In the days of the Indians, the white-tailed deer were found in practically all of what is now the United States east of the Mississippi River as well as in some sections of the west. According to available records, these deer were not concentrated in any one area, but were spread over the entire range. Their actual number was probably less than it is today. The forest conditions at that time were not favorable to large concentrations of deer. They are “edge” or “fringe” dwellers rather than virgin-forest animals. The food conditions are best where the forest and open areas meet, and food conditions determine the size of the local herd.
At one time I was able to spend some time in an area where the forest conditions were practically the same as they were in the days of the Indians. It was an area of virgin timber that had never seen an axe. The deer were around the natural clearings that were made by “burns” and wind storms and I could travel for miles through the untouched areas without seeing as much as a track of the animals.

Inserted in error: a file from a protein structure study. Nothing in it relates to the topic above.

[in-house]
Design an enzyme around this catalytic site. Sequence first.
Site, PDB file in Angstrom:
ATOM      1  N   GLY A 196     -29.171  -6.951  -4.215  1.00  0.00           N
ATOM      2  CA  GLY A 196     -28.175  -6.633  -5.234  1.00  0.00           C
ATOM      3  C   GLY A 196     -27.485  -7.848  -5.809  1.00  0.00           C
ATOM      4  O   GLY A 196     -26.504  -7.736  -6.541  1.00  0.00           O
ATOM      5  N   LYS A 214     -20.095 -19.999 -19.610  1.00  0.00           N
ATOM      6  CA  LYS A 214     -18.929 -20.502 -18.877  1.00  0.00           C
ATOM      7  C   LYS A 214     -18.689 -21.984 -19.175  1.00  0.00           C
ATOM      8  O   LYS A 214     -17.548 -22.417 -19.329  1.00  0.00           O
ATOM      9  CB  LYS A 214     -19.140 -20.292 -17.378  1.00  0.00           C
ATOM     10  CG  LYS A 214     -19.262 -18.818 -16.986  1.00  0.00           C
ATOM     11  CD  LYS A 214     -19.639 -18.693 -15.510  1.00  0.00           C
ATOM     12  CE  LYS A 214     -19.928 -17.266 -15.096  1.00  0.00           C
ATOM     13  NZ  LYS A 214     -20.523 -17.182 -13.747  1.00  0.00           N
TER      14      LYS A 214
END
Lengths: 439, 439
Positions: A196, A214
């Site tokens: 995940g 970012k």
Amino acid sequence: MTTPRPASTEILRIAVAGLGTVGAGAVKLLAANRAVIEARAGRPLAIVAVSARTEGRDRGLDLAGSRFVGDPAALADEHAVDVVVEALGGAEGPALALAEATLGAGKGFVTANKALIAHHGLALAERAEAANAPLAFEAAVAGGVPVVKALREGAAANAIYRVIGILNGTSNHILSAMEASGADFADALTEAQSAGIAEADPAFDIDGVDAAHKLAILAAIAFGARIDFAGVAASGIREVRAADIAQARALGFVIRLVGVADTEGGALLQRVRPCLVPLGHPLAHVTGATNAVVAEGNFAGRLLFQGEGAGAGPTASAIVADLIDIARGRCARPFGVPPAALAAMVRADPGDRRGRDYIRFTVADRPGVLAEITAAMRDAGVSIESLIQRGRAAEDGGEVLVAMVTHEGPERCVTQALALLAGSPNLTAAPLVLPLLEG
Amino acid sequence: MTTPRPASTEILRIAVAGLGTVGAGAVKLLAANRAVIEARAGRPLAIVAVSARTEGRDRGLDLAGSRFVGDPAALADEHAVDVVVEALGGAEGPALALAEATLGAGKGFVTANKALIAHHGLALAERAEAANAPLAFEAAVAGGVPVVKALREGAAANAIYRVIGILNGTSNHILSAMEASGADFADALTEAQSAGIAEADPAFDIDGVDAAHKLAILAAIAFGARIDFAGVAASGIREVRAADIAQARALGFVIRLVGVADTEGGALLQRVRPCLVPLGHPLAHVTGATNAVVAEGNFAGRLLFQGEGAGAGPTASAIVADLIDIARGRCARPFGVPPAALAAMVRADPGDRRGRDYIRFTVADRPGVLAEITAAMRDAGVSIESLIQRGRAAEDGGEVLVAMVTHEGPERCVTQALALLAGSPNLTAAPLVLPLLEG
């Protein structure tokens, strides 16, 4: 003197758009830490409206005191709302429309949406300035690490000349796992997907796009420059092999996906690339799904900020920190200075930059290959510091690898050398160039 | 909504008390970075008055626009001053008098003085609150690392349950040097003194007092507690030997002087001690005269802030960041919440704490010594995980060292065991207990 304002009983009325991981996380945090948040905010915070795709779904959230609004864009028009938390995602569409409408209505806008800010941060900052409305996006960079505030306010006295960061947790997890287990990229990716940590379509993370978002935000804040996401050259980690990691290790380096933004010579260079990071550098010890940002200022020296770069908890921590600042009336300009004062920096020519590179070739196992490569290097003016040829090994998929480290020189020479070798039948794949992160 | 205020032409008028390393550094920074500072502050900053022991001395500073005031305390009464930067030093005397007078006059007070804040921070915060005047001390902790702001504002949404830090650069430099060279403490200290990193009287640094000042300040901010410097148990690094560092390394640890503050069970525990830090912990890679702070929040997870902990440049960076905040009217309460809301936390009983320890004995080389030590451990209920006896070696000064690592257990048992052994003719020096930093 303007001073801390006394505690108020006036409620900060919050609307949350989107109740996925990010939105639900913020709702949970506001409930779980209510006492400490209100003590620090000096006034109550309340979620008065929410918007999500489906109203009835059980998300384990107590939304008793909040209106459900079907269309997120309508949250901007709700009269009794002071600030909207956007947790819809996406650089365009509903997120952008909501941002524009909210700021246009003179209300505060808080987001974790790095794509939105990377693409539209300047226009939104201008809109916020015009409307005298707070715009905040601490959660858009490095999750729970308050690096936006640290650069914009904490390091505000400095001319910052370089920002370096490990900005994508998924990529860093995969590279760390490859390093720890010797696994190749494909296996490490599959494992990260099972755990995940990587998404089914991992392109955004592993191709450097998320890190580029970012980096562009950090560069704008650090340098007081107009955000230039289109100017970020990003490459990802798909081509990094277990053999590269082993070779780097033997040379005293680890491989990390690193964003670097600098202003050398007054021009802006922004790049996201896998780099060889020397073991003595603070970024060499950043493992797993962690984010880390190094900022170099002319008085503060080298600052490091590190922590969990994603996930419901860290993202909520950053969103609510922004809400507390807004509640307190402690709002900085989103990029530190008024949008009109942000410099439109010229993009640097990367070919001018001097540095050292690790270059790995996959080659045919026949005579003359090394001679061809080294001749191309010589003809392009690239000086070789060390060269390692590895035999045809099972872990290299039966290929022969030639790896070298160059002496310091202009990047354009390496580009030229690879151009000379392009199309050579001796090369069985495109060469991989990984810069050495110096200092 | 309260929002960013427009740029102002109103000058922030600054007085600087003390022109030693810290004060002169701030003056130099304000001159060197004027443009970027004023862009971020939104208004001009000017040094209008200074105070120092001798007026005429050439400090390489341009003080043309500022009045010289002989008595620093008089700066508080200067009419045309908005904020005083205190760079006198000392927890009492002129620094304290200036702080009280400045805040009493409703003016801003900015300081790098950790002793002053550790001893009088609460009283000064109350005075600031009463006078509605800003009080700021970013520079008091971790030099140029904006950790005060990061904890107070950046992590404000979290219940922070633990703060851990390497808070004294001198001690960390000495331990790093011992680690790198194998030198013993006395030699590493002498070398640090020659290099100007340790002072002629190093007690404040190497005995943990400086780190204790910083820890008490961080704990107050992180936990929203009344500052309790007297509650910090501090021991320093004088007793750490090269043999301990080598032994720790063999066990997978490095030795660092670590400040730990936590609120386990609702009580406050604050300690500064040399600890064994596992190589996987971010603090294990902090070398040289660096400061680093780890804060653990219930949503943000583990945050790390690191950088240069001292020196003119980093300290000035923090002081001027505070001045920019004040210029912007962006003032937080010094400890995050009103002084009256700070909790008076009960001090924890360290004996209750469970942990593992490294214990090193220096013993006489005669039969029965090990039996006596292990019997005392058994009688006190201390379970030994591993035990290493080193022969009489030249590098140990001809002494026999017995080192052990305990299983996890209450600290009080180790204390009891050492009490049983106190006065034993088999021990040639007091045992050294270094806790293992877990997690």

The clearing of the forests of the United States has made some of the areas nearly ideal for the welfare of deer, while in others, clean cutting and thick settling by men have driven the deer out. Deer are very adaptable to different food and range conditions, but they must have food and shelter in order to survive. In most sections man has done more harm than good.
They have an amazing vitality and are apparently immune to many of the diseases and parasites that are detrimental to most domestic animals. Practically all of their natural enemies have been controlled and man is their most serious menace. With the control of man’s depredations and with their ability to adapt themselves to quite heavily populated agriculture areas, the deer herds have been able to increase to the point where, in some cases, they have become a nuisance because of the damage that they do to agriculture projects. This damage is largely offset by the revenue that their presence brings into such an area by the sportsmen.